A Silent Choir

A Silent Choir

Everybody knows that matter is made of particles and these particles can be split in many other micro-particles going to smaller and smaller. But what people very often omit to consider is the importance of lack, the emptiness, which is among all the molecules and is a part of every inanimate object or a living being. Emptiness is not only a formal concept, but also a generating element that creates balance. “There is no sound without silence, there is no silence without sound”, says Jacopo Mazzonelli (b. 1983, Trento), who recently opened his solo show entitled Coro (Choir), curated by Marco Tagliafierro.

The young Italian artist -with a musical education and a keen interest in alchemy- plays with full and empty spaces, pause and action, sound and silence.

In Petit (2011) Mazzonelli, using two plumb lines hanging from the ceiling and the pedals of an old tricycle running on a neon tube, recreates the suggestion and tension of the morning of the 7th of August 1974, the day in which Philippe Petit walked a tightrope between the Twin Towers.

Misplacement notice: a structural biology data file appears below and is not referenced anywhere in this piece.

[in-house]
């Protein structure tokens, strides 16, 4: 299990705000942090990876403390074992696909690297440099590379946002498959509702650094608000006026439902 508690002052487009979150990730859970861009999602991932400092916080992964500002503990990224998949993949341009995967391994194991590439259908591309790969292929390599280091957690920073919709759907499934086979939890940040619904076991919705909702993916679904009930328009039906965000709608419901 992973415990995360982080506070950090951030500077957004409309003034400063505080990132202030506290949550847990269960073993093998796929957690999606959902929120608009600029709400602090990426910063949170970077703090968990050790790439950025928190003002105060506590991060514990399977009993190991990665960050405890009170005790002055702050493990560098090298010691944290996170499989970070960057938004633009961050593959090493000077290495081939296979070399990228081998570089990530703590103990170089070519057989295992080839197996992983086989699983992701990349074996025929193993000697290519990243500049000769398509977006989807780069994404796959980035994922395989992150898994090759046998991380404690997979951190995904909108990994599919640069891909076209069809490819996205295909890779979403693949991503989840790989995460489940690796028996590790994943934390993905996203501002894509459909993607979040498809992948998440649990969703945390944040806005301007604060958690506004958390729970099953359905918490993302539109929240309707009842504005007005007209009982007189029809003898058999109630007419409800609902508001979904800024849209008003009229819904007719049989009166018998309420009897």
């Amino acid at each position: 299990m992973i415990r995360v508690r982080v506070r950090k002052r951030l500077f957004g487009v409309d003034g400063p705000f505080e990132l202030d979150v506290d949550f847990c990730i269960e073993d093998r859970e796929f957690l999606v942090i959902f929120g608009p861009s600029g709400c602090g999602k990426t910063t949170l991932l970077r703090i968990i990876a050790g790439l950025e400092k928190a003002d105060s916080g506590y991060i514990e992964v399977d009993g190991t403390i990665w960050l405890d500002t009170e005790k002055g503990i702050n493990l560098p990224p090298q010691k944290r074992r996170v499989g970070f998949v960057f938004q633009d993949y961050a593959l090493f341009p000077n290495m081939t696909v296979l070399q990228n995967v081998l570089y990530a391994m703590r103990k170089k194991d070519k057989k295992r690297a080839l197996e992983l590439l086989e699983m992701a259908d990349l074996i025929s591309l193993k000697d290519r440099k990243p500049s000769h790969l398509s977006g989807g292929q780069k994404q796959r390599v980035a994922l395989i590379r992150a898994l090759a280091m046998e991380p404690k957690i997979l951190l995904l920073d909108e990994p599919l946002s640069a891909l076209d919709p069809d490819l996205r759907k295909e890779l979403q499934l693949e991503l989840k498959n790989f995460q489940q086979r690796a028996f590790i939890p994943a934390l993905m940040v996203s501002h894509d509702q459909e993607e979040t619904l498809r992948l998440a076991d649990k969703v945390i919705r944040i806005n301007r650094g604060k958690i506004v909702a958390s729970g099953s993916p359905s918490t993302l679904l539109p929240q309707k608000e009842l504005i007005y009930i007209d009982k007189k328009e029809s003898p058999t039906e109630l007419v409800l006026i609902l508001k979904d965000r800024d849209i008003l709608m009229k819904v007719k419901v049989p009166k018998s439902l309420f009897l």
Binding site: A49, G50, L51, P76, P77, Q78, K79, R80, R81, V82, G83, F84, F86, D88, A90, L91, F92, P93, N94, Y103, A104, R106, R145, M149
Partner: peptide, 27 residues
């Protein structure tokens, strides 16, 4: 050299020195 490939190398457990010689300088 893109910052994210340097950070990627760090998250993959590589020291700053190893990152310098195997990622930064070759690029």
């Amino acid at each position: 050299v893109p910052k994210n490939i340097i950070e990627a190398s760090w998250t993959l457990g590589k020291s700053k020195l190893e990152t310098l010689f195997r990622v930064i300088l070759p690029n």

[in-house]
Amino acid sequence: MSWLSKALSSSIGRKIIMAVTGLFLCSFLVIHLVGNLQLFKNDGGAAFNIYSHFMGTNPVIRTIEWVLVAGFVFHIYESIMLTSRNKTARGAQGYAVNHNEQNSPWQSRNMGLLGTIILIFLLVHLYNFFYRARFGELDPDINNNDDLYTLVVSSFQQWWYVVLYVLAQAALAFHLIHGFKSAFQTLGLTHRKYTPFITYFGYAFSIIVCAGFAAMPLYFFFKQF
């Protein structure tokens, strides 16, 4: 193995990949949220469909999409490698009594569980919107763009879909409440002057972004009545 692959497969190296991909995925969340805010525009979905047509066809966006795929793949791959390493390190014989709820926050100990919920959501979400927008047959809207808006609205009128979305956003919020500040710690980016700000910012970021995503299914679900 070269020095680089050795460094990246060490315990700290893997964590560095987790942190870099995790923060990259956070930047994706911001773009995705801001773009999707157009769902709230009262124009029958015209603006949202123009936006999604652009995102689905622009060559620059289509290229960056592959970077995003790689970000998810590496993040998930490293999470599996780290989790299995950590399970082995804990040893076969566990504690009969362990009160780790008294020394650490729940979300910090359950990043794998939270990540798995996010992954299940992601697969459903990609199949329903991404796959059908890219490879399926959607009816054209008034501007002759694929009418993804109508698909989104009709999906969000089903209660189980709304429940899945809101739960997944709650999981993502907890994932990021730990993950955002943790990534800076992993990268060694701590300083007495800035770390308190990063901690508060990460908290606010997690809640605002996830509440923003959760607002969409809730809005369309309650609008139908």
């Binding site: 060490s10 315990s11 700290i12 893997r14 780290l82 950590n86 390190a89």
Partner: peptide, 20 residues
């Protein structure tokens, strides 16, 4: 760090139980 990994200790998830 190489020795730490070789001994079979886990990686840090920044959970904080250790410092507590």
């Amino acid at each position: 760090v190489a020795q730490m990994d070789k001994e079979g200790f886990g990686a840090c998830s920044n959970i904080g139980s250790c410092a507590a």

No sounds can be heard from the mouths trapped in geometrical shapes cut on the covers of the five volumes of Coro (2011). Each shape and each mouth – which cry, laugh, scream or declare – belong to a character: circle/crying baby, cross/Martin Luther King, triangle/Marilyn Monroe, square/Adolf Hitler, pentagon/John Fitzgerald Kennedy. The tomes, resting on five iron lecterns, are carved from inside and they treasure small screens that project video fragments of the characters.

In Limbo (2011), in which an hourglass seems to be resting, hanging horizontally on the remains of a broken light bulb, the artist suspended a stream of time, creating a feeling of calmness accompanied by a latent and unexplainable tension. Just before closing, the exhibition path Inner (2011) catches my attention. By putting funnels on large candles (bought from an old rectory) Mazzonelli turns them into the pipes of an organ, which seems to be about to let the sound out.

Minimalism permeates all the exhibited works, but the minimalism of this young artist is not just a matter of aesthetics. All the installations are not only well defined works arranged in a clear (and sometimes ‘cold’) manner. They are the results of pondered thoughts along with a solid knowledge… not so common in the young – and even in the ‘not so young’ – artists.

The exhibition will run until March 16 at Federico Bianchi Contemporary Art in Milan.

Monica Lombardi – Images courtesy of Jacopo Mazzonelli & Federico Bianchi Contemporary Art